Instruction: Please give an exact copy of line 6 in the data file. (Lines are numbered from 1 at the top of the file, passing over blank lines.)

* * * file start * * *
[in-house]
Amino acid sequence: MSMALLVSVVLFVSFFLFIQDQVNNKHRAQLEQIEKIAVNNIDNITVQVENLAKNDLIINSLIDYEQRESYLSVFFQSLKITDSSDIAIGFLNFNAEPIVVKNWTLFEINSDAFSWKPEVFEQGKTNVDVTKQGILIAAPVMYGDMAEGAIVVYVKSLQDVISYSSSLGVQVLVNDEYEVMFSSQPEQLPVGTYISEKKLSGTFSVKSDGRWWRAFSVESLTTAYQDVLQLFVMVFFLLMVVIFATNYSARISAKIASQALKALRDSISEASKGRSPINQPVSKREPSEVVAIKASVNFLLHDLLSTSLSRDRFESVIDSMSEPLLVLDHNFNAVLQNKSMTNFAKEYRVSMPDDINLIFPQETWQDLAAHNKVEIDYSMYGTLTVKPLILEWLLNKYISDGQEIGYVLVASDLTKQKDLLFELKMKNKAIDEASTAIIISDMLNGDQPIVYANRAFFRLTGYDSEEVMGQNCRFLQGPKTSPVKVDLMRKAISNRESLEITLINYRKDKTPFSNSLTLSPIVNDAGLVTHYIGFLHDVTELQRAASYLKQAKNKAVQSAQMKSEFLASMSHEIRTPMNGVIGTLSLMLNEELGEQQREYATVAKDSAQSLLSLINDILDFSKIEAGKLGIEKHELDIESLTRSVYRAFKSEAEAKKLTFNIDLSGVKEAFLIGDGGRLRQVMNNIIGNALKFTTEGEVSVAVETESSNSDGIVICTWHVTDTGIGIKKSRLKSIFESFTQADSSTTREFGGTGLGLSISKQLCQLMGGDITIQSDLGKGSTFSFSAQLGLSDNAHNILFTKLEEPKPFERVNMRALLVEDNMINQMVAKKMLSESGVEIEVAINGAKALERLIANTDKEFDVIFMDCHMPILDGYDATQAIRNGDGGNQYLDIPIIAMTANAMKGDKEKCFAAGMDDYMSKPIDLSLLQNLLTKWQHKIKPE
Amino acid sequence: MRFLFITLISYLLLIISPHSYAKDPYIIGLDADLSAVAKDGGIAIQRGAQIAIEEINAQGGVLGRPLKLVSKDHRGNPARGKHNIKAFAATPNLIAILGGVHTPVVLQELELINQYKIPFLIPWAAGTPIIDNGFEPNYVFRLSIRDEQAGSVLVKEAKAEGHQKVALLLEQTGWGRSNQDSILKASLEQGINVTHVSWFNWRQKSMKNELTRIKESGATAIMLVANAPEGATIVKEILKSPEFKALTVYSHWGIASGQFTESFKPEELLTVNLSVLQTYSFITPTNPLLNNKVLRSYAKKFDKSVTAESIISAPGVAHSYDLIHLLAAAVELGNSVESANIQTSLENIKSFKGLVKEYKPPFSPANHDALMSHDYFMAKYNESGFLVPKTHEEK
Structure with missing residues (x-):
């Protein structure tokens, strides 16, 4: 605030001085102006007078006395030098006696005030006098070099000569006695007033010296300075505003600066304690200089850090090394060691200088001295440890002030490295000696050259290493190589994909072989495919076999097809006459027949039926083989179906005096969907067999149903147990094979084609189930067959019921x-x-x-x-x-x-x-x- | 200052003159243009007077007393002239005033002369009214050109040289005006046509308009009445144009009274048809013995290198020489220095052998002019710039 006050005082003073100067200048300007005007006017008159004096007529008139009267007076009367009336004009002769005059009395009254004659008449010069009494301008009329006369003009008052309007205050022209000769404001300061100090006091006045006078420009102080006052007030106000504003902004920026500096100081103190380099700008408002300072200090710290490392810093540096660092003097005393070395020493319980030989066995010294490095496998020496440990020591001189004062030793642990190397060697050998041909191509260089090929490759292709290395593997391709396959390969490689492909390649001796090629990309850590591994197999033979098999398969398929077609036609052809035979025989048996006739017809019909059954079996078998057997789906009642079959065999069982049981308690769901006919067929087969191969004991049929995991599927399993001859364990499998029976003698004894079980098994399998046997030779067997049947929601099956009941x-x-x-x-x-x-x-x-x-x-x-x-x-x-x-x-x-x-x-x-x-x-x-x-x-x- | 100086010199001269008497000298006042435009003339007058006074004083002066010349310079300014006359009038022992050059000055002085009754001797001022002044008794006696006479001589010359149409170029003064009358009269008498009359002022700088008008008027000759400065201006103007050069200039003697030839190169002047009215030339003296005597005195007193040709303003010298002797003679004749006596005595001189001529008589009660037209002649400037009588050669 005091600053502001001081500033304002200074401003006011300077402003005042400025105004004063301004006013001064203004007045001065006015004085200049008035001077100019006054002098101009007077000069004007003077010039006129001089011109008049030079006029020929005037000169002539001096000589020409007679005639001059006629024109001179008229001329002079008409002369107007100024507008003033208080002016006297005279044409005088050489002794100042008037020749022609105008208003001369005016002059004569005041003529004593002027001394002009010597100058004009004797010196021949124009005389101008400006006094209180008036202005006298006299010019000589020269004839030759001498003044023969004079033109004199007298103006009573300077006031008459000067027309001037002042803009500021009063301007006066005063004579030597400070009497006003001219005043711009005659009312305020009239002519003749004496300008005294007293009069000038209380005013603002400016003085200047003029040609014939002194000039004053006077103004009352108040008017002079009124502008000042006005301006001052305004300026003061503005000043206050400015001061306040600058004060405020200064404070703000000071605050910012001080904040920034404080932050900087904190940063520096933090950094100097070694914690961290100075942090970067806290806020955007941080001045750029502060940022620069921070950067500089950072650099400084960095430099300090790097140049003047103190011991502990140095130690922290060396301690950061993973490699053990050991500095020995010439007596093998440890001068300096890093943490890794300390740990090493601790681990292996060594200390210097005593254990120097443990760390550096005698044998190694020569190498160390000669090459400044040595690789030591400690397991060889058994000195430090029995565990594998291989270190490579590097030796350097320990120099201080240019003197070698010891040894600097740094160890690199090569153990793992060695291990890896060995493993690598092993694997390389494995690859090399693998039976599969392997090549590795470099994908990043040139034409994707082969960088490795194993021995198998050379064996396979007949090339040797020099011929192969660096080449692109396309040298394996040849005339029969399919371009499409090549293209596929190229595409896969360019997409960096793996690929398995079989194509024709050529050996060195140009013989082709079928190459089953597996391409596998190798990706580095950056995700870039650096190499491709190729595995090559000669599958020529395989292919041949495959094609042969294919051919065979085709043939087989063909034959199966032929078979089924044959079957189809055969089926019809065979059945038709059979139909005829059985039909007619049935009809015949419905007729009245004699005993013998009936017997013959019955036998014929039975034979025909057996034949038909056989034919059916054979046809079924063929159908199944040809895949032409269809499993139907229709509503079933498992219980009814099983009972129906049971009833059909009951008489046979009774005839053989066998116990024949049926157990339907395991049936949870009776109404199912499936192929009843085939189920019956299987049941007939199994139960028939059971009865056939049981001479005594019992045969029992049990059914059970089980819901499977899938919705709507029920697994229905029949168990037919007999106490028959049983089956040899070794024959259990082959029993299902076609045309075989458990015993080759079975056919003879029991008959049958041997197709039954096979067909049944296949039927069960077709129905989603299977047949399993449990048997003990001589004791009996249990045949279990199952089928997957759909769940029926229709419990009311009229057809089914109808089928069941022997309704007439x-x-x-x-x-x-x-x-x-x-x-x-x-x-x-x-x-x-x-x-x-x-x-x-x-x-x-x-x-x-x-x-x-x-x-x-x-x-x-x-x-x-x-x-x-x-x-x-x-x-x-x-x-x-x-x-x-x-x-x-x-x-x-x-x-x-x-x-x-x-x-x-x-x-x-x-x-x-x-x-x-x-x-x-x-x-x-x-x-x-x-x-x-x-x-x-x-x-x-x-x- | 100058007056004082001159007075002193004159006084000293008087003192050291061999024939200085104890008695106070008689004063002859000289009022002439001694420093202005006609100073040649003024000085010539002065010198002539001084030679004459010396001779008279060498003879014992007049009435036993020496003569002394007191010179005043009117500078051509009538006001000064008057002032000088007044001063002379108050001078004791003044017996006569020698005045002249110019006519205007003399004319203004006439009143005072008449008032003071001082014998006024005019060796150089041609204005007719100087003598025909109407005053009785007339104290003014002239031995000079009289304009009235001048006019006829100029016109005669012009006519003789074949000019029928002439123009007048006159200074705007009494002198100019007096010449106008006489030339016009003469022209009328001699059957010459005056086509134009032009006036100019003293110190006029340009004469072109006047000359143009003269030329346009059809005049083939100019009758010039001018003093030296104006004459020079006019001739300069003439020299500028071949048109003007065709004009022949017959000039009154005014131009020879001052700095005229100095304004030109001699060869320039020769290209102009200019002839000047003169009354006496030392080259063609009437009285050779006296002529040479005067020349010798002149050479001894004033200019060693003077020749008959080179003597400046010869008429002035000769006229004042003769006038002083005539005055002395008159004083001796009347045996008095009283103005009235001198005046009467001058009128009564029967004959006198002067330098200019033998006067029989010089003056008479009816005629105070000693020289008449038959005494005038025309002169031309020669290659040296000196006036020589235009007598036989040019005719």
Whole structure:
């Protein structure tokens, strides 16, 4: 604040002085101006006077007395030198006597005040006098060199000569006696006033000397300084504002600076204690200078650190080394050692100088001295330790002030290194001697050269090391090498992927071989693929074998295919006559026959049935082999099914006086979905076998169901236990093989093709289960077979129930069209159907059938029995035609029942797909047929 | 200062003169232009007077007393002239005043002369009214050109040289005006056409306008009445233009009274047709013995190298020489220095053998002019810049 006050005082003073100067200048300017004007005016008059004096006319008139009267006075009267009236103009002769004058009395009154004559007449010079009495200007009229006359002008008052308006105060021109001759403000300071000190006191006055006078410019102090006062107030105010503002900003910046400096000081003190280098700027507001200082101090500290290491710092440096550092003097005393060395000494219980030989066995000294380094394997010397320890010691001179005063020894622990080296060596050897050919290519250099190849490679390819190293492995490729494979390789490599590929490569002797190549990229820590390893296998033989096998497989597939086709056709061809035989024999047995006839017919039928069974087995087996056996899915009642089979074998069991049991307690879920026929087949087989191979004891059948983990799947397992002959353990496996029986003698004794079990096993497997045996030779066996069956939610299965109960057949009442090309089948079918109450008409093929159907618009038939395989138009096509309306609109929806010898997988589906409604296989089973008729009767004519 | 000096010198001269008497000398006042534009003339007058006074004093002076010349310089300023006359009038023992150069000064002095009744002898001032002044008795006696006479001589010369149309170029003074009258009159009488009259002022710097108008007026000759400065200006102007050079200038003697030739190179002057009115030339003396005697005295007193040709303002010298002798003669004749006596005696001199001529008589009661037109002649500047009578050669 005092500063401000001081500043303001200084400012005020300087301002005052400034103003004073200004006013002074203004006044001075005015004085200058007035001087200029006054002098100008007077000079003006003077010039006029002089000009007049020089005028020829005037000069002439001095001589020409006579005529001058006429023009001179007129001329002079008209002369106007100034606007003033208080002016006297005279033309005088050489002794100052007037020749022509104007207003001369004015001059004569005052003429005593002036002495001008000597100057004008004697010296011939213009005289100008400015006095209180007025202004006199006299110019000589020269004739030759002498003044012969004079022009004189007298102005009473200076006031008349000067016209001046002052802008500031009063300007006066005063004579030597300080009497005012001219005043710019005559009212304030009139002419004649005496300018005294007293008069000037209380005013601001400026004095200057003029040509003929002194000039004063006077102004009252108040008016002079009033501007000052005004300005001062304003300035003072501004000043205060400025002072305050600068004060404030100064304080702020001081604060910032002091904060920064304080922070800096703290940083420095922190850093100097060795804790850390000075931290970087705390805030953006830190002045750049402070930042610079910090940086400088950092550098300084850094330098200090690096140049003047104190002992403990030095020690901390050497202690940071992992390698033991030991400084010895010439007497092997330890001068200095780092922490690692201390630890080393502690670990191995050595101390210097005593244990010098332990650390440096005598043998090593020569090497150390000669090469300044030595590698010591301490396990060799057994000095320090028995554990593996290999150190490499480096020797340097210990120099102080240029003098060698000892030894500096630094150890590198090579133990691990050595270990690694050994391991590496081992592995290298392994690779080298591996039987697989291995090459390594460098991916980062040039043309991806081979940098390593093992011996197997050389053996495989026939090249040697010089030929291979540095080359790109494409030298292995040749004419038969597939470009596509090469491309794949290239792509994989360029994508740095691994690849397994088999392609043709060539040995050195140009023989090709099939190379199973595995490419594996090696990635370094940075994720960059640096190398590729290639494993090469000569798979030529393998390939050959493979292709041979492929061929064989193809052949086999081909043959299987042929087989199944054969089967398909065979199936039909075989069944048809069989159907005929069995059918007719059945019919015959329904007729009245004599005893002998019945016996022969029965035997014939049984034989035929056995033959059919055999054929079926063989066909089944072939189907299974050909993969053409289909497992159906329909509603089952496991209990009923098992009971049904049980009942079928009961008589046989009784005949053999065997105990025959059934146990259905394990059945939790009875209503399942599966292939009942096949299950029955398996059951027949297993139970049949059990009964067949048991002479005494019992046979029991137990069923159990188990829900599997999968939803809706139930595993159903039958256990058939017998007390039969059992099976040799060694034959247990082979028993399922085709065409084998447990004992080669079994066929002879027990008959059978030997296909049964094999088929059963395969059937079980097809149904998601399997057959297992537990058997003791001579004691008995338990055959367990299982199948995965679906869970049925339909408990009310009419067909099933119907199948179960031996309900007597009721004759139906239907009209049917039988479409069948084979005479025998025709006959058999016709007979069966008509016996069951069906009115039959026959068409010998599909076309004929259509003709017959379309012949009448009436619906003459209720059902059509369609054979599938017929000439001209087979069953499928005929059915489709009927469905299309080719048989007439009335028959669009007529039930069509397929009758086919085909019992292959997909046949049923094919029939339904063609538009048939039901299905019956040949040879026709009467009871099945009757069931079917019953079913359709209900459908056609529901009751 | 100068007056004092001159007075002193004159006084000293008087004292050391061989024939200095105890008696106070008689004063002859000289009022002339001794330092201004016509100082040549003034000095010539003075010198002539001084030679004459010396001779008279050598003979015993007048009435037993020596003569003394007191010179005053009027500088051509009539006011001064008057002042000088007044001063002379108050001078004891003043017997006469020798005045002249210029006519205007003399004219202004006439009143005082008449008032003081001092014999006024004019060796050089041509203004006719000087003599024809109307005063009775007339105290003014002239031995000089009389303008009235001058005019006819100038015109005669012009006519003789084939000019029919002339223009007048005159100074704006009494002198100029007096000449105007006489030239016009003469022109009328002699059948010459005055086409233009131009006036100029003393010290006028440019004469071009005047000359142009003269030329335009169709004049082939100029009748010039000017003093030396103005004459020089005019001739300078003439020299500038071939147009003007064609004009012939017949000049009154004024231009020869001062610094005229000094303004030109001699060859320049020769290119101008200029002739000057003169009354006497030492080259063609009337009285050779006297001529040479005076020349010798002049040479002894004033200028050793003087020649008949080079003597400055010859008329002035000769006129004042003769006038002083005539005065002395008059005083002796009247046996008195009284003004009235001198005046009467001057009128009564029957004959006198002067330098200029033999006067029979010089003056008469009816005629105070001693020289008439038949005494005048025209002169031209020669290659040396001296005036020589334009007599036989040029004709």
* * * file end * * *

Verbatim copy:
Whole structure: